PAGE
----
Tim James: On “Mediterranean” Blends with Cinsaut
By Christian Eedes, 3 August 2018
It’s been mentioned on Winemag more than once that the number of Cape cinsauts has grown year on year – most of them on the light side, perfumed and charming, rather trivial, and (dare I say?) often rather similar. There have been fewer wines in which cinsaut has had a significant role as a blending partner. Christian Eedes, particularly, has been looking forward to the revival of cinsaut-cabernet blends which has indeed taken a few, very few, tentative steps forwards – and I too look forward to more of those, especially as Stellenbosch brings its cabernets into the post-Parker world.
But blending cinsaut with other Mediterranean varieties is a more obvious course – though without the bit of prestigious tradition in South Africa that the cab-cinsaut blend has. It has been followed for a few years, generally in a small way to add lightness, aroma and freshness, in some of the Swartland syrah-based blends, not least Sadie Columella, Badenhorst Red and David Elpidios. Badenhorst winemaker Jasper Wickens seems to have been the first to radically up-end the blend in his own label. His Muskeljaatkat 2011 (cinsaut-grenache) was replaced in 2012 by Swerwer Red (cinsaut-grenache-carignan). The next three Swerwer vintages were of cinsaut and grenache, with a splash of syrah. Change came again in 2017, when the syrah was replaced by tinta barocca; Jasper says he’d actually wanted to do that from the start, but had trouble finding suitable tinta. Now he’s not planning on further significant varietal change.
Duncan Savage’s cinsaut-led Follow The Line appeared first as a 2013 blend for the Cape Winemakers Guild auction, with grenache and syrah in the minor places, all the grapes from that little enclave in the Swartland called Darling. From 2014 it became a part of his regular range. (The Savage Red, maiden vintage 2011, had been more standard in having syrah dominate.) Interestingly, the latest vintage, which I haven’t tasted, has made a radical retreat from the trend I’m looking at and is now almost entirely from cinsaut – with just 7% syrah. On the other hand, there’s a new Savage 2017 grenache-cinsaut blend, with a little syrah, from Piekenierskloof, called Thief in the Night.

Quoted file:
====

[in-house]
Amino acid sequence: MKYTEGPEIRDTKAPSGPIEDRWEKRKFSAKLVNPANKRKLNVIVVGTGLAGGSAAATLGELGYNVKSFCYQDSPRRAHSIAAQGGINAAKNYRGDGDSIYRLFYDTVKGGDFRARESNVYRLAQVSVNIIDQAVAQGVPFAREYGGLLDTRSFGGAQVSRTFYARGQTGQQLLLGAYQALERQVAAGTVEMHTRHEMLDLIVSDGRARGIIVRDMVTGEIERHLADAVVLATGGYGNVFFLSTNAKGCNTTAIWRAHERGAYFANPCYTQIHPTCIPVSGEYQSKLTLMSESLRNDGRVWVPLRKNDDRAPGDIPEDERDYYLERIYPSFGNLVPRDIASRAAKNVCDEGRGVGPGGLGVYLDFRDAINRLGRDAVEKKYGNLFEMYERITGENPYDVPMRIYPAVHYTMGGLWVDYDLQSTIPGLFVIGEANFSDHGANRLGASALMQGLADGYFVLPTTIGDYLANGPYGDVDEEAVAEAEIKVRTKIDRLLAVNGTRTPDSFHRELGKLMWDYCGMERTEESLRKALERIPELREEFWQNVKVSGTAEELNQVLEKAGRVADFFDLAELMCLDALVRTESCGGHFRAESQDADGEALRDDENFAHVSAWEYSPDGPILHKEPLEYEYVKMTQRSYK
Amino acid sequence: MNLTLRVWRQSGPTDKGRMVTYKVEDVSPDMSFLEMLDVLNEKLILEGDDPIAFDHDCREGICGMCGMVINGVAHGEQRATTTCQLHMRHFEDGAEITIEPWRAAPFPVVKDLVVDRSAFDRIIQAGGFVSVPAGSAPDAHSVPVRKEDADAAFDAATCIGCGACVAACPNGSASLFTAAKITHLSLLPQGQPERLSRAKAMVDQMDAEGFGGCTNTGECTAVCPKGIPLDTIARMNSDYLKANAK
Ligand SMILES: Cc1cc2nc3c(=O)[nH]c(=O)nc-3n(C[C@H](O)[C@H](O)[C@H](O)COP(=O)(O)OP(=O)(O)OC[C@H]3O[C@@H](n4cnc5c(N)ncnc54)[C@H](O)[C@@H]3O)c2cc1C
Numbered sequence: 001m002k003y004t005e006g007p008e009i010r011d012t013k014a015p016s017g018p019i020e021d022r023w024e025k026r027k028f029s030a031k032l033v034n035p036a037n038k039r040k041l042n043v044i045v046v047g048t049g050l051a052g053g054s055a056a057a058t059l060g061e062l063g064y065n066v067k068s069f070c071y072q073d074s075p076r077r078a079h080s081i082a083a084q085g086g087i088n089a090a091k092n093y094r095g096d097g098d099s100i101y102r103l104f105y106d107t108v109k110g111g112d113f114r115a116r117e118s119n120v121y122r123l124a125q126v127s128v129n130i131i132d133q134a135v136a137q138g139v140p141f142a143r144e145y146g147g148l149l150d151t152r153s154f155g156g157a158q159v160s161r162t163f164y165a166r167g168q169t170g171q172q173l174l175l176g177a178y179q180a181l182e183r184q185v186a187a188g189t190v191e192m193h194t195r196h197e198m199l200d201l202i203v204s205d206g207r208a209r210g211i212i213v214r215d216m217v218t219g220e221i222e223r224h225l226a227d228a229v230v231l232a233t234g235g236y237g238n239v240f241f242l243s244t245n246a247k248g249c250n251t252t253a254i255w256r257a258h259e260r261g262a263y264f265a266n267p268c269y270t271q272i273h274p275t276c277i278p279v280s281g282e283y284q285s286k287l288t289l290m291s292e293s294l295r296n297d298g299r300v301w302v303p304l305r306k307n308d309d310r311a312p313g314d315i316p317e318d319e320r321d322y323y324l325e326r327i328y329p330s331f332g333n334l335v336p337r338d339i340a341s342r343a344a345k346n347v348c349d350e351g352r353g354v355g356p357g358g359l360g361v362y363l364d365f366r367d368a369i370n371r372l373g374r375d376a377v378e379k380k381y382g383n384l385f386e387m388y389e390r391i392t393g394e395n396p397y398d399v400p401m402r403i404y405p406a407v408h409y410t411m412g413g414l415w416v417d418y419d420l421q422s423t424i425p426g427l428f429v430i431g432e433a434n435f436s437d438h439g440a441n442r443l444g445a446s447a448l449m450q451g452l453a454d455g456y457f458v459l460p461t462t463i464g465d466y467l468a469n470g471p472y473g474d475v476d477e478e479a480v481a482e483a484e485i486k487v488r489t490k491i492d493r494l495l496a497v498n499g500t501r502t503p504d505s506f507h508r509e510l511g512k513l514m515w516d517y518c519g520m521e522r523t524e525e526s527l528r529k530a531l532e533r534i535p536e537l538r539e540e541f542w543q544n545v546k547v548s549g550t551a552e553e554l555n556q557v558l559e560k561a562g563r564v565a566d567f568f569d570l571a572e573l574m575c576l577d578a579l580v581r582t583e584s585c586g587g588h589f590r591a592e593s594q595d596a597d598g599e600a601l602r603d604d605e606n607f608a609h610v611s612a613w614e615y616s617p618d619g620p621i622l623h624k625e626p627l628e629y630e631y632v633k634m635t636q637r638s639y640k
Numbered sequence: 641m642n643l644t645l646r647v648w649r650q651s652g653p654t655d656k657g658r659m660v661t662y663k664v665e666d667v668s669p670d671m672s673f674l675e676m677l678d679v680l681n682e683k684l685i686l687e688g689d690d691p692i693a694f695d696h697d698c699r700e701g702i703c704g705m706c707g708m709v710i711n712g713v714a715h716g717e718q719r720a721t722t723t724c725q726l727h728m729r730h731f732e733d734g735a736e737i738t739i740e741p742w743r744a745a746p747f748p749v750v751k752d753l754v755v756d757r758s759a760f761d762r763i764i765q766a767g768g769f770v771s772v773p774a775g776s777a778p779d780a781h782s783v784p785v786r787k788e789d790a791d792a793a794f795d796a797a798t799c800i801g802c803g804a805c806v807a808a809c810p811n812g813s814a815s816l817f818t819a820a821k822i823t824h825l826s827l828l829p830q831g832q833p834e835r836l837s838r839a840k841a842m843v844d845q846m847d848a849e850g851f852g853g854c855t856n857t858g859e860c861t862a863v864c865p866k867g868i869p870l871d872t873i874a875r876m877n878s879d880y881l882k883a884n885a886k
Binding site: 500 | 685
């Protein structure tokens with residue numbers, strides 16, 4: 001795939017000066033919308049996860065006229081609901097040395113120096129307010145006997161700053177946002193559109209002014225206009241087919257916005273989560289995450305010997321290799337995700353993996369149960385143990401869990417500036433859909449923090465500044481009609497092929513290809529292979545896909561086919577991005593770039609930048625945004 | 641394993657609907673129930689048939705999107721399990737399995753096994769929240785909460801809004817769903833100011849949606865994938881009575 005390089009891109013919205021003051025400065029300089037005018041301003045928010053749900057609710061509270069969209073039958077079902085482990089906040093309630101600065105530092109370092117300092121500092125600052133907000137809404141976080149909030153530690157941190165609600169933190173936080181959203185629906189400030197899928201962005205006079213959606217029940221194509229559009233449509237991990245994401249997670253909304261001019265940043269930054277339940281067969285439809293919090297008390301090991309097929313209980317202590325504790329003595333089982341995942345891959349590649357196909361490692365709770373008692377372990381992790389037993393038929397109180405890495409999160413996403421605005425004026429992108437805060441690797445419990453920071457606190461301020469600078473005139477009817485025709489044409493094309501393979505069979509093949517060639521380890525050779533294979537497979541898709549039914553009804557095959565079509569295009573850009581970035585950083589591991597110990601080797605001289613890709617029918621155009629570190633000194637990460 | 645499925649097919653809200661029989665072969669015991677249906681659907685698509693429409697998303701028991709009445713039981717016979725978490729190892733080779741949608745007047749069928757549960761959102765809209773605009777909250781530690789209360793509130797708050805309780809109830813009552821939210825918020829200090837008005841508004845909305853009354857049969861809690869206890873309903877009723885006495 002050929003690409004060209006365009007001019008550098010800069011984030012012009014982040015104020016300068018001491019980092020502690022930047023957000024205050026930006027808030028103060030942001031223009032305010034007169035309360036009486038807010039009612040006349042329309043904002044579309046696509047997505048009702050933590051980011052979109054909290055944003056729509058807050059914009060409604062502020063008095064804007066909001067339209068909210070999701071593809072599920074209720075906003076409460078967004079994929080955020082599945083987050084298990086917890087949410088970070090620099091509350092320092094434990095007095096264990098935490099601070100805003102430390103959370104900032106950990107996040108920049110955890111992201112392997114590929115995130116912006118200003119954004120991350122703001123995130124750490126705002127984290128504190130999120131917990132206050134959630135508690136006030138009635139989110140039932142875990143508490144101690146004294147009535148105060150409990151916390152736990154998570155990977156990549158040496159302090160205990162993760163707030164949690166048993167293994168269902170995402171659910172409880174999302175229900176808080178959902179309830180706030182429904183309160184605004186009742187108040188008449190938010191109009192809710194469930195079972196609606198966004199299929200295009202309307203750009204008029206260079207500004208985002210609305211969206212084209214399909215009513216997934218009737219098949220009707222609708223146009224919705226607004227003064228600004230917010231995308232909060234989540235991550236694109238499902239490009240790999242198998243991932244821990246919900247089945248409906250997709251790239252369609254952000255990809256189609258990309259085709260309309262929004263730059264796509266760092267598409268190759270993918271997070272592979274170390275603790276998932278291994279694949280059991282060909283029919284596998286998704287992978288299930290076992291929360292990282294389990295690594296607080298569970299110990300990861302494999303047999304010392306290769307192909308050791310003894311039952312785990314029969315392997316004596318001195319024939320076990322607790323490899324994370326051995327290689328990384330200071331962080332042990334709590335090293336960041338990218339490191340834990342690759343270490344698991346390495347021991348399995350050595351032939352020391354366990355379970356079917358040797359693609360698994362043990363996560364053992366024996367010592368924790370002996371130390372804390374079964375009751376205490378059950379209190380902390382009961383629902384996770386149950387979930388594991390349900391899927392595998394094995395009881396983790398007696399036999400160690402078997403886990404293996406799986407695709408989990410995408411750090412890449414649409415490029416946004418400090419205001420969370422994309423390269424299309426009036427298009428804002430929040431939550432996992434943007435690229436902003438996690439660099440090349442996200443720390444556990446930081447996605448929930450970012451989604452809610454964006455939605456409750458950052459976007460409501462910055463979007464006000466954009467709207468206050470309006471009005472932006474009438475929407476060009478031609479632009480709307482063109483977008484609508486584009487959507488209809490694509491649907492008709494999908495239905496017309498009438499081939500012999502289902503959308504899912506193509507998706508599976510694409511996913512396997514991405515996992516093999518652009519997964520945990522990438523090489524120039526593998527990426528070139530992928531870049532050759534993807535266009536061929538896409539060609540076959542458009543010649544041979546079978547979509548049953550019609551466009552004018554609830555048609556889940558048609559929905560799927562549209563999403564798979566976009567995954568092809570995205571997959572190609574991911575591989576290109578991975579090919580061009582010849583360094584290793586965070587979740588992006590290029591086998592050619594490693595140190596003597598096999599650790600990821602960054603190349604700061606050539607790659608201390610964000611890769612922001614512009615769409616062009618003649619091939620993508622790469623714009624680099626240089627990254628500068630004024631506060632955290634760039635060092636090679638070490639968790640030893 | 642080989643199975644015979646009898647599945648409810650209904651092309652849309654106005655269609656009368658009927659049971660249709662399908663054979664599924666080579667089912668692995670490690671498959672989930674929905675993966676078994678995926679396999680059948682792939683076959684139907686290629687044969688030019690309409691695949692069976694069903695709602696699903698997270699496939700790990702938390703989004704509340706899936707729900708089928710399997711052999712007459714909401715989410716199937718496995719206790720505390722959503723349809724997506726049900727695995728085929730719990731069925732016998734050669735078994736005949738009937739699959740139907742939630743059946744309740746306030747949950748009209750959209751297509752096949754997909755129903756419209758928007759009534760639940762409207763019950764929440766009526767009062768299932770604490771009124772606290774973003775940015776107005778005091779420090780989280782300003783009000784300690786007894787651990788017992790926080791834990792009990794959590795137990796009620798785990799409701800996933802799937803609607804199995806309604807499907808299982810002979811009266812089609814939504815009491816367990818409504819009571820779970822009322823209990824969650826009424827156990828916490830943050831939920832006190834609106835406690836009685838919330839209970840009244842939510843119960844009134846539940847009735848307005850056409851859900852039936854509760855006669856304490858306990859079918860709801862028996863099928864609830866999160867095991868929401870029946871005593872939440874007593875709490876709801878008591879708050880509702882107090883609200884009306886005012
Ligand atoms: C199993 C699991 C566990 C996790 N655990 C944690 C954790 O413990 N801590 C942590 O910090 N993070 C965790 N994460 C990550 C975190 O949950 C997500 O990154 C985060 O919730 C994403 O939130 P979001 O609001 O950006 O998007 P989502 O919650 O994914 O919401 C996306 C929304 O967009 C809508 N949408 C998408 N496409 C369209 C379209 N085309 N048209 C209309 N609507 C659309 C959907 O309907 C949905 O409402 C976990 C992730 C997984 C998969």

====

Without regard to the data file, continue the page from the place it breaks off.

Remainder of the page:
I’ve been very pleased to see the excellent pioneers being joined by a sudden small rush of “Mediterranean blends” (for want of a better phrase – might “Swartland blend” be better, acknowledging the major source of them, certainly inspirationally?) with cinsaut playing an important role. The 2017 vintage produced at least four new such wines that I know of (and I’d be grateful for anyone who can supplement my short list) as well as another coming into wider public notice. A couple have received some attention here on Winemag, but I don’t think the pattern has been pointed out – the pattern, that is, of an expanding genre.
The first of them I noticed was Van Loggerenberg Graft, which is a 55:45% blend of Stellenbosch cinsaut and syrah (see my note here). I’d much liked Lukas’s straight cinsaut, Geronimo, but I think the new wine reveals just how much cinsaut benefits from blending in a better quality grape (forgive me – but I do think cinsaut is untimately limited compared to syrah, and to grenache in the right vineyard and right hands).
The following are the other 2017s I’m thinking of. Firstly, Lourens Family Wines Howard John (cinsaut, grenache, syrah and carignan, in that order), which I think is the second vintage of the wine (see Christian’s note here). Then Thorne and Daughters Wanderer’s Heart (grenache and cinsaut with a dash of mourvèdre), which I warmly welcomed here. And, from a lesser-known, newer producer, comes Kolonel Mostert en die Twee Souties (yes, well) from Paul Hoogwerf and Doug Mylrea’s Maanschijn label. So far I’ve only tasted it pre-bottling, but look forward to improving on that – it seemed very promising. Interestingly and significantly, all these wines have eschewed the ultra-lightness that many straight cinsauts aim at and have some real vinosity and depth as well as freshness.
I’ve also heard tell that the garagiste-moonlighting producer that I greatly admire, Pierre Rabie of Giant Periwinkle, has tweaked his Baardbek in 2017, bringing the cinsaut component up to 50%, with syrah at 39% – and 11% malbec of all things (even less expected than mourvèdre and tinta barocca)! Sounds good, and I look forward to trying it. And, in the future I hope, a whole lot more such blends.
- Tim James is one of South Africa’s leading wine commentators, contributing to various local and international wine publications. He is a taster (and associate editor) for Platter’s. His book Wines of South Africa – Tradition and Revolution appeared in 2013.